It would be great if everyone took the time to read all the way through your blog posts. But chances are, that’s just not going to happen. You can take it lying down or you can meet those selfish readers halfway to increase your social media reach (and search engine credibility).

Here are three ways to attract cherry pickers and make social sharing more likely.

1. Start off with a summary.

Readers are more likely to share what they can understand, so make it easy with a summary at the top of a particularly long post (or short ones too). MarketSherpa does this frequently in front of their data-rich blog posts. If you just want the gist, you can focus on the summary and glean the most important information.

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2. Create shareable quotes.

Your blog probably uses the standard social media sharing icons, but you can take this a step further by encouraging tweets of specific quotes. I’ve used Click To Tweet to create a shareable snippet in blog posts, but there are other options as well. When you create your own pull quote, you make it easy for those cherry pickers to share the most important part of your content.

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3. Use content chunks to make your text scannable.

Eye tracking studies show that web readers use a backwards F shaped pattern when they are looking over a page of text. They concentrate on the top and then their attention wanes as they get further down the page.

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You can use this to your advantage by chunking up your content, using formatting and create subsections within your blog post. Actionable Marketing Expert Heidi Cohen does this with each and every post, making her blog scannable – and actionable.

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Reaching out to the cherry picking, social media audience will make your blog more shareable, scannable and authority building. People may be reading less, but if you know how to appeal to their “selfish” ways you can maximize your content’s impact.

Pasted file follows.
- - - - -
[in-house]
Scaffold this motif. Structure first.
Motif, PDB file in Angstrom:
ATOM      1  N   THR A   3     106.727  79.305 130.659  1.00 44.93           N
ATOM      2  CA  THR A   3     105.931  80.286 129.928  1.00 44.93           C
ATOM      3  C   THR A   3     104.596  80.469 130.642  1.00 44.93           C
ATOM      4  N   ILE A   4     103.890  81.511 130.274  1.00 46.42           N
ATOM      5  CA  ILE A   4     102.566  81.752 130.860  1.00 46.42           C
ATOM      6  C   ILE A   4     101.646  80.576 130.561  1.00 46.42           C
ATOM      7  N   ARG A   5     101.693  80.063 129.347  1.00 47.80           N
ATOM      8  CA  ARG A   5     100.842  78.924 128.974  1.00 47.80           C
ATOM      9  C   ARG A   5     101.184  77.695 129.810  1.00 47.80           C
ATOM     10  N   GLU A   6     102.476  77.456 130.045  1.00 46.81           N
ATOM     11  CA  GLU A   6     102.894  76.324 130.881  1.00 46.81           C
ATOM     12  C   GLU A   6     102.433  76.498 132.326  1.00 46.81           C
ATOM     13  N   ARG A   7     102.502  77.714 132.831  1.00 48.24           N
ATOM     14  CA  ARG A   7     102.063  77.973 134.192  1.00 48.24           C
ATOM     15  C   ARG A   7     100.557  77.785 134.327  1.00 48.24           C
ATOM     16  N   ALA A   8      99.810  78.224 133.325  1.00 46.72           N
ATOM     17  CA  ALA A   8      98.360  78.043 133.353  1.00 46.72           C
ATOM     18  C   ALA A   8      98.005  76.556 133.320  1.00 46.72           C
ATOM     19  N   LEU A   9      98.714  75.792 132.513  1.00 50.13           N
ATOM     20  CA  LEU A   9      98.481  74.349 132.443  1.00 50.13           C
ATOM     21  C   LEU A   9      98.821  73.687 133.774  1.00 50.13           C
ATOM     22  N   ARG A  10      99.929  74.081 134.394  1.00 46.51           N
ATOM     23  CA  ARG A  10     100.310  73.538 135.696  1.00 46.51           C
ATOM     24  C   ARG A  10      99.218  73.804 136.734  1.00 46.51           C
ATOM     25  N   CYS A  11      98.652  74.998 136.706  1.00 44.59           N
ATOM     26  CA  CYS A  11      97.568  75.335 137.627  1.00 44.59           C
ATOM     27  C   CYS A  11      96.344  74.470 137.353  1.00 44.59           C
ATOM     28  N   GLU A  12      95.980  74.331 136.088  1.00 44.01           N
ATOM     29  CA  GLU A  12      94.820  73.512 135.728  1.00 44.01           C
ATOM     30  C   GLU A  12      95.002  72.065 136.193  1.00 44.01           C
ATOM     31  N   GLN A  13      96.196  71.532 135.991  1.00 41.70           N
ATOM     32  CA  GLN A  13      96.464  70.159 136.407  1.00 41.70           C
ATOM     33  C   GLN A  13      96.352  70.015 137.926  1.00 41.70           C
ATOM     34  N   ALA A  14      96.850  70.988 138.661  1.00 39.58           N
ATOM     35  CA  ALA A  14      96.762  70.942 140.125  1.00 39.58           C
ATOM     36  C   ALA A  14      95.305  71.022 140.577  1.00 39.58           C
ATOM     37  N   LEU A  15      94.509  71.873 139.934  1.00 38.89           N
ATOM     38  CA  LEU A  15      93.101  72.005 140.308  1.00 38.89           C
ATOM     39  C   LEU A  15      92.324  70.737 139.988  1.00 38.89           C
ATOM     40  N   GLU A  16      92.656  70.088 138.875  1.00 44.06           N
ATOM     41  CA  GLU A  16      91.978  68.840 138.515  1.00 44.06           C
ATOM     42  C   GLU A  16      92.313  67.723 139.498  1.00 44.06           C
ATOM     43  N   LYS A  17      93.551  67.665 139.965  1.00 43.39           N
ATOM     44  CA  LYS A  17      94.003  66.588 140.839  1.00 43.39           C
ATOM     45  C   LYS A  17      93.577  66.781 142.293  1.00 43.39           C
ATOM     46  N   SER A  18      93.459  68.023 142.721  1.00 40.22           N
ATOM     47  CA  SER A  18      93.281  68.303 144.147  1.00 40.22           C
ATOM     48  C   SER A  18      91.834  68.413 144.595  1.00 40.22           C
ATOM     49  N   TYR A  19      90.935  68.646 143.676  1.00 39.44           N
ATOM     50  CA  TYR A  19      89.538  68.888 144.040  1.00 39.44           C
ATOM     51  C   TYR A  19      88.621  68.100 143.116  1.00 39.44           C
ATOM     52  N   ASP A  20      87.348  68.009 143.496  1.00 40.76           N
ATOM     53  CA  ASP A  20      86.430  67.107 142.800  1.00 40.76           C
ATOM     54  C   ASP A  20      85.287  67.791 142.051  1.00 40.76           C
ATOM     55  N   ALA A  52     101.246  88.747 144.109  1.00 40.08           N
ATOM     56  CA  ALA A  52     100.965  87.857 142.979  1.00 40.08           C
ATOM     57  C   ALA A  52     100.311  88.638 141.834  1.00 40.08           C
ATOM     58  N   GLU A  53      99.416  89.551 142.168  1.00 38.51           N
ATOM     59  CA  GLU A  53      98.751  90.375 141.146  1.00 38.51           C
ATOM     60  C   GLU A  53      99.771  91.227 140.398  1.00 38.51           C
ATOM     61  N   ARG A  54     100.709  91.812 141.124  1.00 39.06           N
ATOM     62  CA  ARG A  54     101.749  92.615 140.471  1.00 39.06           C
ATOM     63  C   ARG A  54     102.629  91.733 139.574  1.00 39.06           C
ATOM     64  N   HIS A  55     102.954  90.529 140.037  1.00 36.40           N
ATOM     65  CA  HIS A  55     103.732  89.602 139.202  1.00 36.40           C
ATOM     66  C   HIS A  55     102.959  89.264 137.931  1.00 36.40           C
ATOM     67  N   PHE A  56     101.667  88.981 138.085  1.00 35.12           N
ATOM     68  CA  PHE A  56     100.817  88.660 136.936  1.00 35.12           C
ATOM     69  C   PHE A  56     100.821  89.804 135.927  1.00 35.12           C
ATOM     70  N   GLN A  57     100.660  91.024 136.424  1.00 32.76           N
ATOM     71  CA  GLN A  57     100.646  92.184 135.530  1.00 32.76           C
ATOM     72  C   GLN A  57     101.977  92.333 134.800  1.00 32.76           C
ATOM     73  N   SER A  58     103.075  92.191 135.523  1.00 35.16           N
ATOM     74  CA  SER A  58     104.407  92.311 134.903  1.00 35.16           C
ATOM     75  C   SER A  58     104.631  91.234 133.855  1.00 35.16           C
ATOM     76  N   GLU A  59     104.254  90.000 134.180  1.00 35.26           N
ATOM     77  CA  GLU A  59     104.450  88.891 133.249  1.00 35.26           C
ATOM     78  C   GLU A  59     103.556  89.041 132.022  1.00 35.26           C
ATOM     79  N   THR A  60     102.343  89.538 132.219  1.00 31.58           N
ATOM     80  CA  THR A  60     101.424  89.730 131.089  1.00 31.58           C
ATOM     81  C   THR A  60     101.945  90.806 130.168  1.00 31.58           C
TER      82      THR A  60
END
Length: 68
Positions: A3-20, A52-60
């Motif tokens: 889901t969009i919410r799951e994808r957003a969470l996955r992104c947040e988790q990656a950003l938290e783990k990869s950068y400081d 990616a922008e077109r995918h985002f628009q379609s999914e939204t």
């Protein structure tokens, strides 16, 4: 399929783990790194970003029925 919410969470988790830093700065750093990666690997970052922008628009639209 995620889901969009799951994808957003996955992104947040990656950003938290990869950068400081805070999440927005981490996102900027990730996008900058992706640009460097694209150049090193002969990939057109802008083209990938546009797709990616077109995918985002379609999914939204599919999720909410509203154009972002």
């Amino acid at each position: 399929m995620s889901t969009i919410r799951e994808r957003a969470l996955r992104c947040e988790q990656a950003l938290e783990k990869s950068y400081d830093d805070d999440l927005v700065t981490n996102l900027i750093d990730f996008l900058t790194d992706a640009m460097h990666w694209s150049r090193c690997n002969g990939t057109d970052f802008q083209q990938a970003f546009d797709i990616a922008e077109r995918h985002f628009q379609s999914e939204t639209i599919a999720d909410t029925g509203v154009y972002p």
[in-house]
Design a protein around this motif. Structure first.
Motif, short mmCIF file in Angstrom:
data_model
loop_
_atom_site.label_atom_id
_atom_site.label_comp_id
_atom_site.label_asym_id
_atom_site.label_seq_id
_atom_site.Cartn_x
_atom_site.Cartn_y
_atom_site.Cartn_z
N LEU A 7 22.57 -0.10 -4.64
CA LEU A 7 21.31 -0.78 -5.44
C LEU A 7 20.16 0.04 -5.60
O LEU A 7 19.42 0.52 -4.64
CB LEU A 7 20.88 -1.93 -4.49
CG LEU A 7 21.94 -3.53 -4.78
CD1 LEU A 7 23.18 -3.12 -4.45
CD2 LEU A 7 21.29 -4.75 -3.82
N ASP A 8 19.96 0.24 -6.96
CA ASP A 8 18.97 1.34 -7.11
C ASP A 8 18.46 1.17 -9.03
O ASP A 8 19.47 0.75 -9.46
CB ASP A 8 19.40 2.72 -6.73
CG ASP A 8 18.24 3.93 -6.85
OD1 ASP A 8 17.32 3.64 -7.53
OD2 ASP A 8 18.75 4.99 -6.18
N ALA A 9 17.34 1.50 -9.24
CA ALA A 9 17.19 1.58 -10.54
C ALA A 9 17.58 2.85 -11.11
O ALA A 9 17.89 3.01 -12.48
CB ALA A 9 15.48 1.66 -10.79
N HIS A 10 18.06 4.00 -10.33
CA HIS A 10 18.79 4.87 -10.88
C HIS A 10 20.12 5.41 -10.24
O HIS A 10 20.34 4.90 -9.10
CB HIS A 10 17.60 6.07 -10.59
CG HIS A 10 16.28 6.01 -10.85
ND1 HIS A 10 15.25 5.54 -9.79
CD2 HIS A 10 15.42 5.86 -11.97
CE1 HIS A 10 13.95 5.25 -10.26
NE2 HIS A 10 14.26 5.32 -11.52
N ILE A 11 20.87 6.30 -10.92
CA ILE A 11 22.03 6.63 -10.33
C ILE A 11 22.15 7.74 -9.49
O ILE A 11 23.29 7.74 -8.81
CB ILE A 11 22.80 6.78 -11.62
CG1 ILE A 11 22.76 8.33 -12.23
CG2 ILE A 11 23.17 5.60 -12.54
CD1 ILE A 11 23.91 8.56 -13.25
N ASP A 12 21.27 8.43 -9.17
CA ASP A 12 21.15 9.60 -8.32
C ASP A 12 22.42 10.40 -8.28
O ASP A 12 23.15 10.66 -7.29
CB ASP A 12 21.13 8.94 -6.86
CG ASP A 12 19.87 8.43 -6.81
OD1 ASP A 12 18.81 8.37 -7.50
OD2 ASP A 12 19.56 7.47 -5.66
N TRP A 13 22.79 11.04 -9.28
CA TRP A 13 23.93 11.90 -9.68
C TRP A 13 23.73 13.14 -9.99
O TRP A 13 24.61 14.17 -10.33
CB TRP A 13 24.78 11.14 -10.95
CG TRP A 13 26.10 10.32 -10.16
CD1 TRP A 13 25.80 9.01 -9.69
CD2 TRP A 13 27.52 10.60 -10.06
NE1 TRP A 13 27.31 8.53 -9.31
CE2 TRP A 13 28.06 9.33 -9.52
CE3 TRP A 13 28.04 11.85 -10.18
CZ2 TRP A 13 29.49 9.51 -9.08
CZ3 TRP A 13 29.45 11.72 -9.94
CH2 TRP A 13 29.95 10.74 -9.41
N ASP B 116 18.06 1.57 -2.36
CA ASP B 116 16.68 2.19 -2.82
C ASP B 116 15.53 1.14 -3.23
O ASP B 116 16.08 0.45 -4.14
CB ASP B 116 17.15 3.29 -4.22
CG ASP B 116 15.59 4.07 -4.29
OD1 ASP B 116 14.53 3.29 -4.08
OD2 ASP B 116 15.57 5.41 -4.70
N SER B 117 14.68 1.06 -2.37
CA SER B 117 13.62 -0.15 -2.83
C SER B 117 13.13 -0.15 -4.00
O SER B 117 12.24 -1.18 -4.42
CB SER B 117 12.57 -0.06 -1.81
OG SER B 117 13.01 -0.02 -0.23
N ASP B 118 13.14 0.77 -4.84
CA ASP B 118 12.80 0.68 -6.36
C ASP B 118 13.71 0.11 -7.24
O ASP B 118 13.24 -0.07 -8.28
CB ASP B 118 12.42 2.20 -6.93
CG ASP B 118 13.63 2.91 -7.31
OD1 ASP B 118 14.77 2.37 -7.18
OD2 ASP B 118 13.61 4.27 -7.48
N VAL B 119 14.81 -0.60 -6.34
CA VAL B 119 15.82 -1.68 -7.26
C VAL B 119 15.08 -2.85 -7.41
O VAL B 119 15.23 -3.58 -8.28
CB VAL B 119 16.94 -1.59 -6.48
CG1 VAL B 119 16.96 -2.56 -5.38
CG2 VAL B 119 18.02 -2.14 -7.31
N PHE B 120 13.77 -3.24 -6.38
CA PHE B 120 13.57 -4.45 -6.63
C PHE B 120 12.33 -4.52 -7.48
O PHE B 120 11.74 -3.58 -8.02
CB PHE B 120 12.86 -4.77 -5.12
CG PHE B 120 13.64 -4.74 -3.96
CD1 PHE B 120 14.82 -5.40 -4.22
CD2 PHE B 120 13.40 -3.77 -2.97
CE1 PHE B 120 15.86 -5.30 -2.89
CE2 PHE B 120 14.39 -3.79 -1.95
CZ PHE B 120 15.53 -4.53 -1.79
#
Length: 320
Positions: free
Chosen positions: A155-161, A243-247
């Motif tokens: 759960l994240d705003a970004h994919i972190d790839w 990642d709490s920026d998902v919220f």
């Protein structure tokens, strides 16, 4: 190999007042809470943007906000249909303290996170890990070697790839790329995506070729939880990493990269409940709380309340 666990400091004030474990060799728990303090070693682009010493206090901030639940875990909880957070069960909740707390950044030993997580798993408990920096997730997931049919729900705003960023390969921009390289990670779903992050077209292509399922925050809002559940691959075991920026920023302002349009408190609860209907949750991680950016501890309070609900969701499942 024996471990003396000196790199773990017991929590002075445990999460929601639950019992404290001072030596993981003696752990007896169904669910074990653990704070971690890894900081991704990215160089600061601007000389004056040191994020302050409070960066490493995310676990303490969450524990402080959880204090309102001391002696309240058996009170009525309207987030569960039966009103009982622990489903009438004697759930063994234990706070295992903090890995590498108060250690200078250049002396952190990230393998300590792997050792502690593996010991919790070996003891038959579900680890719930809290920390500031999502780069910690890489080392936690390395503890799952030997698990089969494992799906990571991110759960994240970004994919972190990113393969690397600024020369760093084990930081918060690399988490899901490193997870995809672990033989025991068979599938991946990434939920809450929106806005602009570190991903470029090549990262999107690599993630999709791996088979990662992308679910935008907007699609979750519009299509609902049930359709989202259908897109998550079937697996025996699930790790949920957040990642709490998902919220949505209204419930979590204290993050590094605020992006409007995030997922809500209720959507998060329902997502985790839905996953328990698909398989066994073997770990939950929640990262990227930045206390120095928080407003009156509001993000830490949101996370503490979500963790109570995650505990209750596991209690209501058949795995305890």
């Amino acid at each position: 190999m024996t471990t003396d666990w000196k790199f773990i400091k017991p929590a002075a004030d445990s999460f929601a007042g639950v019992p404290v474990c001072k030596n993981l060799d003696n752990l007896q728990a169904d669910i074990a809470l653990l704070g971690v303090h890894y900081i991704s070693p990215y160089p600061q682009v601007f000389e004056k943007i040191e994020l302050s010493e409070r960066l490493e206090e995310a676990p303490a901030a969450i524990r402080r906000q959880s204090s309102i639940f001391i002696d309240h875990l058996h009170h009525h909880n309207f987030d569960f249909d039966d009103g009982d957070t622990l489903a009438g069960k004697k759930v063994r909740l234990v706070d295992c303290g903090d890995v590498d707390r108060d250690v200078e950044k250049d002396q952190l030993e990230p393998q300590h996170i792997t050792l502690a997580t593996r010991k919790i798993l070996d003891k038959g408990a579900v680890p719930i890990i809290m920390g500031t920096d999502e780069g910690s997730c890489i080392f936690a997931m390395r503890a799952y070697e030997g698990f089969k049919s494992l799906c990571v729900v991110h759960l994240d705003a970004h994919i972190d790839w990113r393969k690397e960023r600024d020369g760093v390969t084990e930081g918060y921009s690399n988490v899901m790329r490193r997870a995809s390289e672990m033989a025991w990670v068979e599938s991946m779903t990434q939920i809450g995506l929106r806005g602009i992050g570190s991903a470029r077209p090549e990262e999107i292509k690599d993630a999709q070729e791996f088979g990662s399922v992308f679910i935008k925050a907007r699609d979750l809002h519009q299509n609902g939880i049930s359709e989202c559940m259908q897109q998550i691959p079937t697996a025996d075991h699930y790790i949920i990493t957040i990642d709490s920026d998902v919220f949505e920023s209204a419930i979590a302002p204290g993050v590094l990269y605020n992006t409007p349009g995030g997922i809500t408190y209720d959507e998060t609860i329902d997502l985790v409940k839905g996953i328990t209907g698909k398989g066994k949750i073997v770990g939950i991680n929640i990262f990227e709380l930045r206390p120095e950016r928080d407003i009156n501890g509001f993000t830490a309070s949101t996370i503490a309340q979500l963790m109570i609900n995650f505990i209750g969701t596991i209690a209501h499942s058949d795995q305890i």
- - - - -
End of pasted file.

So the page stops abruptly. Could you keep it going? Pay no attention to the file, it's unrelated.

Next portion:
Courtney Ramirez
This monthly Social Media Writing column is contributed by Courtney Ramirez. Courtney is the Director of Content Strategy for Endurance Marketing, where she helps take B2B brands from boring to breakthrough. She creates strategies that helps businesses tell their story, increase their prospects and convert more customers. She manages content marketing creation and implementation so clients can see the best results from their inbound marketing efforts. She geeks out on content marketing metrics and cat memes. +Courtney Ramirez
Courtney Ramirez
#НОВОСТИ: Медведев сокращает госслужащих в регионах / #Политика💛 - 27 mins ago
Courtney Ramirez
PeopleLinx

Comments

  1. says

    I love books too, and I get into a lot of funny conversations with other business folks who are definitely video & image people. They tease me for being old school. But facts are facts, and these tips will certainly help me get my writing in shape for non-wordy people. :)

  2. says

    Thanks for the feedback! Although it’s not apparent, you can pin any picture on this blog by hovering over the photo. A “Pin It” button then appears in the bottom righthand corner of the image! We have had some technical issues with Pin It social sharing buttons in the past, so this is the best solution we could find. Thanks again for your comment and your support!